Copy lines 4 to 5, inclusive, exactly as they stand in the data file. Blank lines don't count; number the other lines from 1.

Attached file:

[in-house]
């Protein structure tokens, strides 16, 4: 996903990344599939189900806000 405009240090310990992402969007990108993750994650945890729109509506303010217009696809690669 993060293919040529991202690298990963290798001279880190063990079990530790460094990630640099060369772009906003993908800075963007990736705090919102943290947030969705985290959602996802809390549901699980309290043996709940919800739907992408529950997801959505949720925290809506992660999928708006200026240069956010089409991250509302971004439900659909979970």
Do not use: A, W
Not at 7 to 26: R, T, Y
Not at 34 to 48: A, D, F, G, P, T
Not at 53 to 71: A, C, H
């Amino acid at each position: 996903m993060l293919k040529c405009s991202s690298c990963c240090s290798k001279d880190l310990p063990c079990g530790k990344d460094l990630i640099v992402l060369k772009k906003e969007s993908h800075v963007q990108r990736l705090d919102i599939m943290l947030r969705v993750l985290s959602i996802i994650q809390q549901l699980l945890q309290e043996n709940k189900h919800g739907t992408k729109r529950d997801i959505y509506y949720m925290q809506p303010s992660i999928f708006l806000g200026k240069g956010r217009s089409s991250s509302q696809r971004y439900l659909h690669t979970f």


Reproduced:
Not at 7 to 26: R, T, Y
Not at 34 to 48: A, D, F, G, P, T